Landscape & Garden Editor Kevin Johnson Shares Three Ways to Control This Perennial Pest
Years ago when I was just getting started in the green industry, I noticed a Blue Spruce standing dead on a property which we cared for. All that was left was what appeared to be small pine cones hanging from the limbs of the dead tree. Under closer examination we discovered that they were not Blue Spruce cones, but the cone-shaped bags of a pesky caterpillar called bagworms.
Bagworms, Thyridopteryx ephemeraeformis (Haworth), not to be confused with the Eastern Tent Caterpillar, are a type of caterpillar that feed on many evergreen shrubs, especially conifers such as arborvitae, juniper, pine, spruce, and many other evergreen species, including Leyland cypress. It also attacks certain deciduous trees such as black locust, honeylocust, and sycamore.
Bagworms are identified by the bag or case the caterpillar forms, which they hang from their host plant. The bag is made of silk and foliage from the host plant. The foliage is woven into the silk bag and helps disguise this clever caterpillar. As the caterpillar matures the bags will increase in size from 30-50 mm long.
The spread of the bagworm is slow since adult females are unable to fly and never leave the bag. She is worm-like lacking eyes, wings, legs, and a mouthpart. The male is black and moth-like with transparent wings.
Females lay 500-1000 eggs in each bag during the fall. Their ability to produce this many eggs can be deadly to the host plant. Eggs hatch in late spring or early summer. The larva crawl out of the bags and feed on the host plant for several weeks. Some plants can handle defoliation while others will die. The larva then pupate for roughly 4 weeks at which time the males crawl out of their bags and find females to continue their life cycle.
Keep in mind that bagworms are a perennial pest, year-round vigilance will help keep them from destroying your trees and shrubs. Late spring and early summer is a good time to get ahead of the game.
There are three means of controlling these perennial pests.
While I was supervising the ground department at Y.H.C., I had the crew remove bagworms by hand from a prized Blue Spruce in the presidential walkway. Pick off the bags during the winter and destroy them. This must be done before the eggs hatch in June. When too many plants are involved, to make hand picking practical, sprays are in order.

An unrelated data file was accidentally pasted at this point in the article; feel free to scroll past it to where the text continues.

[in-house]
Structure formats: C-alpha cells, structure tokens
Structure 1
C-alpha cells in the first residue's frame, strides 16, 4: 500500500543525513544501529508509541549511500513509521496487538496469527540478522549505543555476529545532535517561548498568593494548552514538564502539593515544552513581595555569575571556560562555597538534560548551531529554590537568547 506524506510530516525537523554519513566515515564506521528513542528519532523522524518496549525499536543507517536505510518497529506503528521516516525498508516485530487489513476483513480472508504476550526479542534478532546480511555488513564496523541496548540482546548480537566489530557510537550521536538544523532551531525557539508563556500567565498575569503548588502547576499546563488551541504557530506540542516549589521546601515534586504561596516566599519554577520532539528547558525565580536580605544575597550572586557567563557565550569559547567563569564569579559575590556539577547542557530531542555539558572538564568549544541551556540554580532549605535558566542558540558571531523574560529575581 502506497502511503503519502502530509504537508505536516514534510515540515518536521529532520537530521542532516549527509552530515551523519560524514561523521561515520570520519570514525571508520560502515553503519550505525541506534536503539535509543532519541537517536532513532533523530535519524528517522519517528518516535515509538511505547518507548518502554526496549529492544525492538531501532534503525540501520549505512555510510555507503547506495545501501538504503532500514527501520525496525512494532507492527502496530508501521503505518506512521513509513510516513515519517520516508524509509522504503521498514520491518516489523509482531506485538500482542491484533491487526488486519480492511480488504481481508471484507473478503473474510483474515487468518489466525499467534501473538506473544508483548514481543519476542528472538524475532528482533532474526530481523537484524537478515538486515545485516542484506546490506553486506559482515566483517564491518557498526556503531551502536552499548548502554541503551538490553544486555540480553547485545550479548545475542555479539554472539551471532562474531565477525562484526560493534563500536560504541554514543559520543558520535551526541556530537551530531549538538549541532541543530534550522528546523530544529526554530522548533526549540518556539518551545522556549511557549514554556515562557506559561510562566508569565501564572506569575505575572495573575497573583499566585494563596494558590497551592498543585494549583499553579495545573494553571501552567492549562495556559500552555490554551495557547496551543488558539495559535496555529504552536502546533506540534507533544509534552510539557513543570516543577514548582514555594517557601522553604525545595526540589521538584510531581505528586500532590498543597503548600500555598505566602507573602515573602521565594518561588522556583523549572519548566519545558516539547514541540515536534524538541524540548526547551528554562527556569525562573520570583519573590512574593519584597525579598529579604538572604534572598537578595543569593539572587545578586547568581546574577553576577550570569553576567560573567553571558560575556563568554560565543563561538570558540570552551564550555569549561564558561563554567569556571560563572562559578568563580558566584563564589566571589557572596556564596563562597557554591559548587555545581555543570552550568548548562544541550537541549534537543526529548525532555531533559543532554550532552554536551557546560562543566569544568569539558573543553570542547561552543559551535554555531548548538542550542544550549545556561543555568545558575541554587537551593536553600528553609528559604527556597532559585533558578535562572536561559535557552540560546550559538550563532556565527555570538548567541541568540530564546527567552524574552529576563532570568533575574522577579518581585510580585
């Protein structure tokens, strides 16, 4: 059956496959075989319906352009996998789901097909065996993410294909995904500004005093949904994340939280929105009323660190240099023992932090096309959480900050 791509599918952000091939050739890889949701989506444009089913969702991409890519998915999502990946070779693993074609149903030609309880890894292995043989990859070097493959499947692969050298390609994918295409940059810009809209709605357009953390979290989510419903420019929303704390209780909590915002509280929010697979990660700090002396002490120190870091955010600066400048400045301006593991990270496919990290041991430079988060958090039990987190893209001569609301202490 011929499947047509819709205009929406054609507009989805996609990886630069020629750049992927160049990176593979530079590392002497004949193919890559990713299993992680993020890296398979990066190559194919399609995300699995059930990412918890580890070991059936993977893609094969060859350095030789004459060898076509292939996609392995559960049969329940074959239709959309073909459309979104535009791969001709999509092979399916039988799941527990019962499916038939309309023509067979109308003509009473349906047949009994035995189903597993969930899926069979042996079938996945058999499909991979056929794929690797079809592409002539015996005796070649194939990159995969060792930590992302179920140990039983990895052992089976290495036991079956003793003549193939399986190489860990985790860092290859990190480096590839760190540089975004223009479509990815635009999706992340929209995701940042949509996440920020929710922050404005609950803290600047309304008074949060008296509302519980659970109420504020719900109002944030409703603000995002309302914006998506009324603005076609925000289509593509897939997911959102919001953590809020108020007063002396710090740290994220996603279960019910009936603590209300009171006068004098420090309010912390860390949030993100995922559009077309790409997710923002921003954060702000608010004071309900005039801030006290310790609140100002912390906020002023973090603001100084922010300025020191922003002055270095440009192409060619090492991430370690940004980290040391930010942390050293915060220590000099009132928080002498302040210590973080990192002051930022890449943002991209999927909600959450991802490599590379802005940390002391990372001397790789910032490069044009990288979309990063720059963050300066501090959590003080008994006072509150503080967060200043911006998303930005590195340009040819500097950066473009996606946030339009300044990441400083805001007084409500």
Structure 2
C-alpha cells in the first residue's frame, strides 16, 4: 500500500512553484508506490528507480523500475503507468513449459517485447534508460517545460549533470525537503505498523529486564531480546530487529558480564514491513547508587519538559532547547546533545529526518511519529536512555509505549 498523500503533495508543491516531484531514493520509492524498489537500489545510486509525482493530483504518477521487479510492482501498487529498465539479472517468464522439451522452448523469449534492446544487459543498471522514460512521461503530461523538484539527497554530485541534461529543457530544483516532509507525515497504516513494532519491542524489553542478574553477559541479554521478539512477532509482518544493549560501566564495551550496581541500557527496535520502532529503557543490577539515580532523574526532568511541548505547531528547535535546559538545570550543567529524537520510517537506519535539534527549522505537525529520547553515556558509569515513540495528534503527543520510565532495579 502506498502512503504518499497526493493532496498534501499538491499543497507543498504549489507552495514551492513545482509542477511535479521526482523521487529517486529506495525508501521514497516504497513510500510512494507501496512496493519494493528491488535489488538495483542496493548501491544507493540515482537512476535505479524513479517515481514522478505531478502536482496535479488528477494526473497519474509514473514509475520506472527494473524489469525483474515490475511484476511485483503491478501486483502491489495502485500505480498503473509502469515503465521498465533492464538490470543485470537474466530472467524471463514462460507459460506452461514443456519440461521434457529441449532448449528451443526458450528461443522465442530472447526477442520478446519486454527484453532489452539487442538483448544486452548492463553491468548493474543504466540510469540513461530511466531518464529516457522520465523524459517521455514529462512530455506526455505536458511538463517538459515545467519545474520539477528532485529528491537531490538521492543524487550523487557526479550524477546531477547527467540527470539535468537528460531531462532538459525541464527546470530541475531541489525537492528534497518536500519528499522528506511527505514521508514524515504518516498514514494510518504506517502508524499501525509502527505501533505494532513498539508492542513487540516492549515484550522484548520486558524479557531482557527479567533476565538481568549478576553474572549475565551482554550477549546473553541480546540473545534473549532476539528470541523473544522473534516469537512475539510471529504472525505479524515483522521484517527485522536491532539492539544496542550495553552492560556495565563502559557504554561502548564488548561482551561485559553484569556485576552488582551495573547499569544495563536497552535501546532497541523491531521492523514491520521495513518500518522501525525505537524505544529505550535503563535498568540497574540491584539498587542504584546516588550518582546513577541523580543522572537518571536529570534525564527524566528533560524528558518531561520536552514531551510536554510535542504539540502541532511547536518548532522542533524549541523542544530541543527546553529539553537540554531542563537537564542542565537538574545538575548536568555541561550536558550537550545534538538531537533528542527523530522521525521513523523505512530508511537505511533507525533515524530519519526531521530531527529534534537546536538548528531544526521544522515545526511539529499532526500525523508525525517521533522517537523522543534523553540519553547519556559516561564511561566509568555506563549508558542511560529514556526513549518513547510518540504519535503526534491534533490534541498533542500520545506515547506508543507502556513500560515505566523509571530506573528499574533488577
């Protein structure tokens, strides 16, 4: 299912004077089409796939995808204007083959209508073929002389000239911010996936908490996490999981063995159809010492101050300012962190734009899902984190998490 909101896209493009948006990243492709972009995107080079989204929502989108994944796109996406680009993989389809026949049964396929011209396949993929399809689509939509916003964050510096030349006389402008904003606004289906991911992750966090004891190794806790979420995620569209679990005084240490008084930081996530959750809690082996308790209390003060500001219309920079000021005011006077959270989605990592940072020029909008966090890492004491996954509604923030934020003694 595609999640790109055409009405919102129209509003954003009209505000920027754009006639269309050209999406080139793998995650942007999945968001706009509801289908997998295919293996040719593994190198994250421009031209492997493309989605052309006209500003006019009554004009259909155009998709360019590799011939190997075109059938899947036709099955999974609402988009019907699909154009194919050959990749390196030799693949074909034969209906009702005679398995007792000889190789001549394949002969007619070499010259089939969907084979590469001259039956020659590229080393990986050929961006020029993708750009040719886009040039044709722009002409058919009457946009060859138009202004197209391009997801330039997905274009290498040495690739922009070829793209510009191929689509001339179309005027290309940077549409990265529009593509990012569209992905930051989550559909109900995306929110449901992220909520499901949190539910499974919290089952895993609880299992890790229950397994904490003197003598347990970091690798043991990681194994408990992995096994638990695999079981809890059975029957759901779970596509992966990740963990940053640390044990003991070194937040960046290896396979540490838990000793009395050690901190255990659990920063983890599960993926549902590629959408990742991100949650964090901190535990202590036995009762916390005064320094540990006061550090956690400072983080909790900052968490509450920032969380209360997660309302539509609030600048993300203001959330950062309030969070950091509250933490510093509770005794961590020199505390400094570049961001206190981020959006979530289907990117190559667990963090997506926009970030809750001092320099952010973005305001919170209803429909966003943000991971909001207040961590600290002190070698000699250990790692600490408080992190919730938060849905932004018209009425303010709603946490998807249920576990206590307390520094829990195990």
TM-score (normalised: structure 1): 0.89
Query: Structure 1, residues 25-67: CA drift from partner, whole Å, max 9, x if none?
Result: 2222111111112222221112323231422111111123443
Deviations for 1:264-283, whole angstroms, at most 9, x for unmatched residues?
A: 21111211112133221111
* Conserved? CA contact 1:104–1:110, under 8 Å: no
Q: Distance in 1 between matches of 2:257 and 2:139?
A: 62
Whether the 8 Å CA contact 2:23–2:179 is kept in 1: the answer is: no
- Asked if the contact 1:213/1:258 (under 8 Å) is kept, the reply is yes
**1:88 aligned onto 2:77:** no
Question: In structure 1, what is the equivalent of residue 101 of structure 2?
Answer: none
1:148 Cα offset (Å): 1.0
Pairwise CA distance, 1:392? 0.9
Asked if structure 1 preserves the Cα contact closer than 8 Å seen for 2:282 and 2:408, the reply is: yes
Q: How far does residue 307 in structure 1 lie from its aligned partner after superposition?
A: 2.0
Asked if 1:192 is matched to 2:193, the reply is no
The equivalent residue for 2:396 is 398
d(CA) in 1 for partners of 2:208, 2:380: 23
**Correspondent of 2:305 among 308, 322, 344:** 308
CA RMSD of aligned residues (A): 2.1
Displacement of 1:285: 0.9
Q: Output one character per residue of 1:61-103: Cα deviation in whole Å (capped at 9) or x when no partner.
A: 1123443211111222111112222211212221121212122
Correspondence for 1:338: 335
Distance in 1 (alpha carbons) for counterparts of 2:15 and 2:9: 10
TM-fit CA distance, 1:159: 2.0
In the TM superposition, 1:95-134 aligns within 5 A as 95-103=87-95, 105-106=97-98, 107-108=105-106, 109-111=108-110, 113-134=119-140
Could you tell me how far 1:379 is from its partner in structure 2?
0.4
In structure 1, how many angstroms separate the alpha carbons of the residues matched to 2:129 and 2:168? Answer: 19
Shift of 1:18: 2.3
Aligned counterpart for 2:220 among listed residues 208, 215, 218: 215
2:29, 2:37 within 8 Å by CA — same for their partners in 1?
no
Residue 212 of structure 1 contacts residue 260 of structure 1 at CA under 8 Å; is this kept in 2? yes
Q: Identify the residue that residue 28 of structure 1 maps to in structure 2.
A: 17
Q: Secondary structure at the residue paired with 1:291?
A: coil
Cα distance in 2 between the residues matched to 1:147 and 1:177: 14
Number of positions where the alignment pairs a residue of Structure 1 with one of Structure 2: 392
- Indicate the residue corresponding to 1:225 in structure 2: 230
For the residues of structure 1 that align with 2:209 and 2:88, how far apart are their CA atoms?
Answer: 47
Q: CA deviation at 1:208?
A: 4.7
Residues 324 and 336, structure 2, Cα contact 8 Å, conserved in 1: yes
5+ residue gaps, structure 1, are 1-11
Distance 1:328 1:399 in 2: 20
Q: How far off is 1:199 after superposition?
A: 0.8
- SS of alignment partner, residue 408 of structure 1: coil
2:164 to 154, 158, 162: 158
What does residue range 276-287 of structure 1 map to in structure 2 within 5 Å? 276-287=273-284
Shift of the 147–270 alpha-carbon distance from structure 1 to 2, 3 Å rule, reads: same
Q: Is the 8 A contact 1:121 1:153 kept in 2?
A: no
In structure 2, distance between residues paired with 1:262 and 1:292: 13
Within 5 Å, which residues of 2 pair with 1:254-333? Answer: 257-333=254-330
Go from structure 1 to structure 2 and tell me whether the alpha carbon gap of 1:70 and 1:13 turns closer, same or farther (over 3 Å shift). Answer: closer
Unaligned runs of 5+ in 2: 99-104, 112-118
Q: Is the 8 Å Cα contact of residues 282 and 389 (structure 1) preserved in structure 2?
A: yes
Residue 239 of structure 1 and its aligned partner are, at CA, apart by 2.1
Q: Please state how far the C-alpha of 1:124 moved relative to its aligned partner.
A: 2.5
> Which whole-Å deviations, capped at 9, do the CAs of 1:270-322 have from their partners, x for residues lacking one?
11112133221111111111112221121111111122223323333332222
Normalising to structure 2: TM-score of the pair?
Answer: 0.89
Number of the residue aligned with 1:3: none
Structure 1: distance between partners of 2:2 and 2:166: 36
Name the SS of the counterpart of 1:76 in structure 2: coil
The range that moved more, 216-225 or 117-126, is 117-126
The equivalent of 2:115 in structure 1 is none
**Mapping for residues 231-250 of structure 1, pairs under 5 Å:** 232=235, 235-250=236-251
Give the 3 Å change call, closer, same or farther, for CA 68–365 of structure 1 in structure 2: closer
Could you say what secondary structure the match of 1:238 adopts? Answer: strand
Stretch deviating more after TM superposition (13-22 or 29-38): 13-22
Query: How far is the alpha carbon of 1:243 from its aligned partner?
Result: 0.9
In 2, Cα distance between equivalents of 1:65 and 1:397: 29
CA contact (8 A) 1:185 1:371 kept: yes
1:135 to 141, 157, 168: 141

Bacillus thuringiensis, often called Bt, is a type of bacteria that only kills certain insects and does not affect humans or animals. Bt must be applied between mid-June and mid-July because it works well only on young bagworms. Commercially available under the following common brand names: Dipel, Thuricide, and others, Many of these brands are sold in local hardware stores and garden centers.
If chemical control is absolutely necessary, a registered insecticide should provide control if applied thoroughly to all infested plant foliage after July 15. Check the label on the pesticide to be sure bagworm and the type of plant you wish to spray are listed. Pesticides are poisonous. Read and follow directions and safety precautions on labels. Handle carefully and store in original labeled containers out of the reach of children, pets, and livestock. Dispose of empty containers right away, in a safe manner and place. Do not contaminate forage, streams, or ponds.
If you notice your prized evergreen tree is suffering, at the same time there are peculiar cones hanging from the branches, you may have bagworms. ACLM
Kevin Johnson is the owner of Green Leaf Lawn and Ornamental, LLC, based in Blue Ridge. For more information about the devastating hemlock woolly adelgid and treatment options, Kevin can be reached toll free at 866. 883. 2420 or by email at firstname.lastname@example.org.
Or check out his web site at www.wetreatlawns.com or visit www.hemlocks.org for more info.